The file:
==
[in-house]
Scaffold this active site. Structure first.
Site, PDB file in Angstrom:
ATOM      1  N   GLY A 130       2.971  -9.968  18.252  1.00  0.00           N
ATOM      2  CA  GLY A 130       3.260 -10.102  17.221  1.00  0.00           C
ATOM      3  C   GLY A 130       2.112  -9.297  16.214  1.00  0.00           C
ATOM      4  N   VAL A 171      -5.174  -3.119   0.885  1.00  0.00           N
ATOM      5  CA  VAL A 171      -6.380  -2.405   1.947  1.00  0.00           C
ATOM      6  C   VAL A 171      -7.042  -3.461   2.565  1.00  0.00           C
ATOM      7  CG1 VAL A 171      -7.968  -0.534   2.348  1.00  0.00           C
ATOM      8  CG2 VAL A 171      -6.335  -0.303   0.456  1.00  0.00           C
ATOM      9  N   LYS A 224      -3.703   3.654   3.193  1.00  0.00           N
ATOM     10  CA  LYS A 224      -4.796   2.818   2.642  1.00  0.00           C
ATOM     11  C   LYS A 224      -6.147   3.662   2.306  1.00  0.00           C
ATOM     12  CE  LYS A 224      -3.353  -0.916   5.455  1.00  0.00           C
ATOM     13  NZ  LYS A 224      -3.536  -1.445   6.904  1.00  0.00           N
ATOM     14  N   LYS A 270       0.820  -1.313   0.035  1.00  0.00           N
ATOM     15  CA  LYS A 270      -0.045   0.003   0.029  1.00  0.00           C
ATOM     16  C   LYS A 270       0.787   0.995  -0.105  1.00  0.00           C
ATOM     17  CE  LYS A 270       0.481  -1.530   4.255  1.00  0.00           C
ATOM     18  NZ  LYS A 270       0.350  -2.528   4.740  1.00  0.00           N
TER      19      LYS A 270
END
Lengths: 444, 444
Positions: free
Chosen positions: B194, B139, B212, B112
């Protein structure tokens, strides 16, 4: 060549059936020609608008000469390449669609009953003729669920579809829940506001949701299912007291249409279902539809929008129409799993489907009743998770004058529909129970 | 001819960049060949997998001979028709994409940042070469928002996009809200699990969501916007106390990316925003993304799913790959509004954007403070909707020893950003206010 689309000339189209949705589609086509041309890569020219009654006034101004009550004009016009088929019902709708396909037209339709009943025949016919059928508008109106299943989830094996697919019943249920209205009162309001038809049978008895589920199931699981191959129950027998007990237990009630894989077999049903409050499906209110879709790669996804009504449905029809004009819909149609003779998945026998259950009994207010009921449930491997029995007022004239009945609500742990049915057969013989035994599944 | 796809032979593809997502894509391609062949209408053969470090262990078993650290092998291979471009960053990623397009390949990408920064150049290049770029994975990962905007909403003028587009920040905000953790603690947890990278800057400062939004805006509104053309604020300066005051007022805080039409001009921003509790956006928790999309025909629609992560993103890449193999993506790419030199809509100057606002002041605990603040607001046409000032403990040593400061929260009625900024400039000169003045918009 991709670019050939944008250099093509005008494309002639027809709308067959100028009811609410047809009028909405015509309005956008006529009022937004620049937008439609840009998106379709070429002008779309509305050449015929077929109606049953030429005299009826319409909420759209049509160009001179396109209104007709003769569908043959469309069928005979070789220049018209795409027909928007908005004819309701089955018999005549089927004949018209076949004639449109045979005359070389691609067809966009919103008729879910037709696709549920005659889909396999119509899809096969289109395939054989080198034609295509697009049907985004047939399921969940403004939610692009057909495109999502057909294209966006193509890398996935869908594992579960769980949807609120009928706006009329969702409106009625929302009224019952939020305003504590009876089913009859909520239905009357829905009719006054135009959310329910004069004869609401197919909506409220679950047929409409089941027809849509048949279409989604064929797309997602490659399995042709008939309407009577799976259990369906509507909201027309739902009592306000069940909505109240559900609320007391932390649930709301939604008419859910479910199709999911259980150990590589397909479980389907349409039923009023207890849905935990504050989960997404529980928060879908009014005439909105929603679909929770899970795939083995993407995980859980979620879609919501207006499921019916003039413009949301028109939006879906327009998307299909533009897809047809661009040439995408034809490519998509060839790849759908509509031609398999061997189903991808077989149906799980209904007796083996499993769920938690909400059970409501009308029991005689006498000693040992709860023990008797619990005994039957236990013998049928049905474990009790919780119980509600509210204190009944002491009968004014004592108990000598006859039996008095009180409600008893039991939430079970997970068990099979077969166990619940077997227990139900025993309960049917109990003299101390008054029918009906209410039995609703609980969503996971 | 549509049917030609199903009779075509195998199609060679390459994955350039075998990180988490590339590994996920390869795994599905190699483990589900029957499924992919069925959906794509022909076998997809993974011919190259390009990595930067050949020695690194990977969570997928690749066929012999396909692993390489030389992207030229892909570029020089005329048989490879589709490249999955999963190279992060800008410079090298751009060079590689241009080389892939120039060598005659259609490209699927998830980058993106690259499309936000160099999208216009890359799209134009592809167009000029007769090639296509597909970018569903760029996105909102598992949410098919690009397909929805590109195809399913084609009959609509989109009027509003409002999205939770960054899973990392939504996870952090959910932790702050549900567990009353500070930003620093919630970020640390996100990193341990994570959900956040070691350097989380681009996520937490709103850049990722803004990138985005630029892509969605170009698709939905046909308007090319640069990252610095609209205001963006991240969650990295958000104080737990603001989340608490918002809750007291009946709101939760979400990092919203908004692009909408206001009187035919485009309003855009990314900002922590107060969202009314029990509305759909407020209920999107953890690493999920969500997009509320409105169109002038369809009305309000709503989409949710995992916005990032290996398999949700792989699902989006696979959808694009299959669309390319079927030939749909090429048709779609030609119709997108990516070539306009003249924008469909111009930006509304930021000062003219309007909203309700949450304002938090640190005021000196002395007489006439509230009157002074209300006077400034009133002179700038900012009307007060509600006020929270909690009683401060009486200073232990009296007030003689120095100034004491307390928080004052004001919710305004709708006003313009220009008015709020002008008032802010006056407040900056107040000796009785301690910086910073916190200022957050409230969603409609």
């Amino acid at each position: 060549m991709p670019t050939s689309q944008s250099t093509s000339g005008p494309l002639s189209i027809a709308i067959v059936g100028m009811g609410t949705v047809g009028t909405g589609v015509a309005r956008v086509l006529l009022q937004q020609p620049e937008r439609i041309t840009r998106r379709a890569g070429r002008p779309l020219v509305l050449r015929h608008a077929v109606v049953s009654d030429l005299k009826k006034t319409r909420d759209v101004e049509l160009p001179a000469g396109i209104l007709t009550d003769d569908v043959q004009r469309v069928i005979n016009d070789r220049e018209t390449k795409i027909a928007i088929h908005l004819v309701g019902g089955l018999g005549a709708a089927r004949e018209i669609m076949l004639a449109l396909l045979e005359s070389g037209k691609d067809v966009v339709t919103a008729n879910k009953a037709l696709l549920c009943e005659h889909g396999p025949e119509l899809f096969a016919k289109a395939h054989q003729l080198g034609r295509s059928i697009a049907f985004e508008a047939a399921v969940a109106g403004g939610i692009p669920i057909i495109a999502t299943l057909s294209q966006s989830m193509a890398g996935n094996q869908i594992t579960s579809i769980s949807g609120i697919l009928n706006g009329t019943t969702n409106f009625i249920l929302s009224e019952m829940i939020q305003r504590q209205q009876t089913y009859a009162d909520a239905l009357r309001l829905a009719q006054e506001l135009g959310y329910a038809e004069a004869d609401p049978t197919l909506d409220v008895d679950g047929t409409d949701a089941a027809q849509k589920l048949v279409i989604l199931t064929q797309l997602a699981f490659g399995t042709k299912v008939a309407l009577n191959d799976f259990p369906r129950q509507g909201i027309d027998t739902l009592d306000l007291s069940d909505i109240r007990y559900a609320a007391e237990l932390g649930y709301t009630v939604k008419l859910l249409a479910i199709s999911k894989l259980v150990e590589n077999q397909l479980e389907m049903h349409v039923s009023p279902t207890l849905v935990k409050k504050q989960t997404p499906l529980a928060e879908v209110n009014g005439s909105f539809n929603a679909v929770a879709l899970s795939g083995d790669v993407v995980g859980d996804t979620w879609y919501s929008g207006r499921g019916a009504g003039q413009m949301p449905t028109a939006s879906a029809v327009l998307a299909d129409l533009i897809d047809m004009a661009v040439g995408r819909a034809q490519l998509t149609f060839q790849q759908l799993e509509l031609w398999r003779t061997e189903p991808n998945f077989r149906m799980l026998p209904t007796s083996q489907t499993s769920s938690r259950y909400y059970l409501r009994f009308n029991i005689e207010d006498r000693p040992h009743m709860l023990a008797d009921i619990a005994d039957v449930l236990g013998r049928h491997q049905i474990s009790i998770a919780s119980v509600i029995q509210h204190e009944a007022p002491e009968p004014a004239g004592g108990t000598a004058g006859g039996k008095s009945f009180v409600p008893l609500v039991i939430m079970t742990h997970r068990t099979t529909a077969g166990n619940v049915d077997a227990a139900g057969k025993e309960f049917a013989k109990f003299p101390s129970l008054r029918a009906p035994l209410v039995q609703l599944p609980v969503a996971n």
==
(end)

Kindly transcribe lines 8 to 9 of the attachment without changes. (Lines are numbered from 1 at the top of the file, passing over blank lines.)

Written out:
ATOM      5  CA  VAL A 171      -6.380  -2.405   1.947  1.00  0.00           C
ATOM      6  C   VAL A 171      -7.042  -3.461   2.565  1.00  0.00           C